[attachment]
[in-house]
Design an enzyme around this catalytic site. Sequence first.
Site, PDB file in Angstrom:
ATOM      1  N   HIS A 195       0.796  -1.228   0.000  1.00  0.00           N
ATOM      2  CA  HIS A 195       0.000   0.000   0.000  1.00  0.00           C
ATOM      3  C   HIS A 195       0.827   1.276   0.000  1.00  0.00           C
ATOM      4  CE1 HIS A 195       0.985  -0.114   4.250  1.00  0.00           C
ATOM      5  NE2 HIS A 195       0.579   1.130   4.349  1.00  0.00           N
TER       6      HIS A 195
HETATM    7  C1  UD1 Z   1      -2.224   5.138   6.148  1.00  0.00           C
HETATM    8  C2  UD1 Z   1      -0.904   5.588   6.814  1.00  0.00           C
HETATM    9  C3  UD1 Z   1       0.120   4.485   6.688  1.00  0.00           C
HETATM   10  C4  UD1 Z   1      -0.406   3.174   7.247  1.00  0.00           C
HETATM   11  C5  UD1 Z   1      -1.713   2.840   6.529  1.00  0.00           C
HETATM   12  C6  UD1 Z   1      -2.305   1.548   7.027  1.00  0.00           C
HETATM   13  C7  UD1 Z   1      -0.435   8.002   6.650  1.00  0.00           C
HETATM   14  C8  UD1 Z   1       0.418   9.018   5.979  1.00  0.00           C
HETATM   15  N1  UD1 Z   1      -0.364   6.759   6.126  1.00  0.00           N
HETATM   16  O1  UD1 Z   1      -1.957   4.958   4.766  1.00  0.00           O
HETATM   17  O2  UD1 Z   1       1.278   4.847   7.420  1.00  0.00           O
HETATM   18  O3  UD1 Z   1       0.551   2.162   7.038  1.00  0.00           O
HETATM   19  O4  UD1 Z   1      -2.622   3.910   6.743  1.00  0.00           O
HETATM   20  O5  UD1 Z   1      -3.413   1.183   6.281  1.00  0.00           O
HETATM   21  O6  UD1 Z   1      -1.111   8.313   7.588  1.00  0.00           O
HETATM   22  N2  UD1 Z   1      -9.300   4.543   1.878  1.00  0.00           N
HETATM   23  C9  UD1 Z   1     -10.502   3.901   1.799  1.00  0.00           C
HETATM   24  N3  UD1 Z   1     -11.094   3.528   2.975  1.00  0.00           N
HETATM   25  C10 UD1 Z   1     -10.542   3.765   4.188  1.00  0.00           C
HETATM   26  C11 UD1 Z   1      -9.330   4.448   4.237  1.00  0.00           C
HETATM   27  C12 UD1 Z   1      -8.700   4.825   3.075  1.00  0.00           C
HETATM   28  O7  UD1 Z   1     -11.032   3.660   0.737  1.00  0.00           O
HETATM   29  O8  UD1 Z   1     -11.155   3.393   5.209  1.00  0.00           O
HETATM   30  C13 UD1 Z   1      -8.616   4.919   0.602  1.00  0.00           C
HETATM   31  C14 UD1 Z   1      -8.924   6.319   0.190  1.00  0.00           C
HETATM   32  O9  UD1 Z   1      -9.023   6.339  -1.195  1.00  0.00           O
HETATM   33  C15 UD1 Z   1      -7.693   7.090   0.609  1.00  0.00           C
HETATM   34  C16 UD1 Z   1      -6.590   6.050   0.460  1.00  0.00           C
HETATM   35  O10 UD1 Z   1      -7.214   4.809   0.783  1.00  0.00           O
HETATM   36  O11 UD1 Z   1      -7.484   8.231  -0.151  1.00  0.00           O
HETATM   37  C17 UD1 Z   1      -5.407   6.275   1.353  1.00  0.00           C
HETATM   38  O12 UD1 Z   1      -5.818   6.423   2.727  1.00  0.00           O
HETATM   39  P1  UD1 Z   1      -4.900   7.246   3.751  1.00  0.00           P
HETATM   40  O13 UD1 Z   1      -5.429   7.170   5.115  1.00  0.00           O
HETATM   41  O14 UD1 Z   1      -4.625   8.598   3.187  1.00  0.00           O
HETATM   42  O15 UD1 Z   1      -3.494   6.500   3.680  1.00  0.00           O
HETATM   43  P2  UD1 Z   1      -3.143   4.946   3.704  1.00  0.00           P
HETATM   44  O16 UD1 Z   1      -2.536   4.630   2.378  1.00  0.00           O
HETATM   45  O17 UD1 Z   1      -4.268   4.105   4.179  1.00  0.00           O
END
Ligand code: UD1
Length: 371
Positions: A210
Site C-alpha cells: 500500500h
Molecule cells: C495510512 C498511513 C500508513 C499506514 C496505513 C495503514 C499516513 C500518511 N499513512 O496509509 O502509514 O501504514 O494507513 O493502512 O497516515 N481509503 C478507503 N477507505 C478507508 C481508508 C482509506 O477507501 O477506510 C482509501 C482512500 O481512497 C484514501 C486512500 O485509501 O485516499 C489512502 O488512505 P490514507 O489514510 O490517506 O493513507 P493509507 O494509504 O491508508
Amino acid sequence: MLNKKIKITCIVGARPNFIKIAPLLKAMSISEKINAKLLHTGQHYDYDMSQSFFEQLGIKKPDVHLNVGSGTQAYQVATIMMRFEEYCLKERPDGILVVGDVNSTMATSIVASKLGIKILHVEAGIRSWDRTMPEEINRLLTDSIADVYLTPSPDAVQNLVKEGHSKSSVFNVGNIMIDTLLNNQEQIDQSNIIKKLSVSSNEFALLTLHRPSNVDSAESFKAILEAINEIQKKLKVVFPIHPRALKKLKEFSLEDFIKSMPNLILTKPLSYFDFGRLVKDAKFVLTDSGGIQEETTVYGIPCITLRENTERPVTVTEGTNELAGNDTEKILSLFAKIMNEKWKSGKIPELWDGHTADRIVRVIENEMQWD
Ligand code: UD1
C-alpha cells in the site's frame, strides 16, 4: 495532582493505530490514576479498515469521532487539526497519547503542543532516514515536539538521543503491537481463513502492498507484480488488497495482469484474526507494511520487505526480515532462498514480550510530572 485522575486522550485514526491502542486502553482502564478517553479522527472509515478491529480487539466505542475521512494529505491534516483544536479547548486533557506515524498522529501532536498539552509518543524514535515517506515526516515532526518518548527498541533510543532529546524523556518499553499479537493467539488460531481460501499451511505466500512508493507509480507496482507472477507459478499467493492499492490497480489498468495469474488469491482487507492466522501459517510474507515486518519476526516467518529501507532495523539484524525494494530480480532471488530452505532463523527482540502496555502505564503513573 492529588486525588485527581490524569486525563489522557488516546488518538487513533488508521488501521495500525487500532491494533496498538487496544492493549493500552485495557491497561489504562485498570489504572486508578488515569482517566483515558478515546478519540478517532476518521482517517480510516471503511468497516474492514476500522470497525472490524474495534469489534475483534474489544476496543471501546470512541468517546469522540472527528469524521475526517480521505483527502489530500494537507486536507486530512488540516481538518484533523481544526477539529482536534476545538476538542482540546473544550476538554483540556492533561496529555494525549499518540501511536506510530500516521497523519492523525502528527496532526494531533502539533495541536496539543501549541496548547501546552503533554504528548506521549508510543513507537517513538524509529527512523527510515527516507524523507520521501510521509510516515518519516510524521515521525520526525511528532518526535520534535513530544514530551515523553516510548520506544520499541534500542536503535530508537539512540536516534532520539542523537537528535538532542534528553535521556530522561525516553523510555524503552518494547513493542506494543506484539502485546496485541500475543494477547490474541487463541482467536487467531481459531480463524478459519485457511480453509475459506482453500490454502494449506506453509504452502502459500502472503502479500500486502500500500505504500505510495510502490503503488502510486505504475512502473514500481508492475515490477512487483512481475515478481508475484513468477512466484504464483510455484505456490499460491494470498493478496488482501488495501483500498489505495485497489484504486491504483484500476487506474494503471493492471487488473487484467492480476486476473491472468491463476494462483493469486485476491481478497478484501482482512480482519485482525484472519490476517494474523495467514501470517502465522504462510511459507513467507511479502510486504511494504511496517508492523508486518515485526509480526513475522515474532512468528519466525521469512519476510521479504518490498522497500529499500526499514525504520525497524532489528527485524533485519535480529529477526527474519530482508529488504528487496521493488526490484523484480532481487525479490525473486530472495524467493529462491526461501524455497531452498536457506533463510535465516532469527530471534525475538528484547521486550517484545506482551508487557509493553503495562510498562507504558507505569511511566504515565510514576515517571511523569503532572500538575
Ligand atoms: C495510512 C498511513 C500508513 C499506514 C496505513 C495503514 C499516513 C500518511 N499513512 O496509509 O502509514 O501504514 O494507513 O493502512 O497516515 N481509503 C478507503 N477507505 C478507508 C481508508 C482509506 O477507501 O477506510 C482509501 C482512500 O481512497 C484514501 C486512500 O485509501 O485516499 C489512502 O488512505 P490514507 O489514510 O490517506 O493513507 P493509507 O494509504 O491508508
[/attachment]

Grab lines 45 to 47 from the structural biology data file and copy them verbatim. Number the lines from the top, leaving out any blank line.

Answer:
HETATM   42  O15 UD1 Z   1      -3.494   6.500   3.680  1.00  0.00           O
HETATM   43  P2  UD1 Z   1      -3.143   4.946   3.704  1.00  0.00           P
HETATM   44  O16 UD1 Z   1      -2.536   4.630   2.378  1.00  0.00           O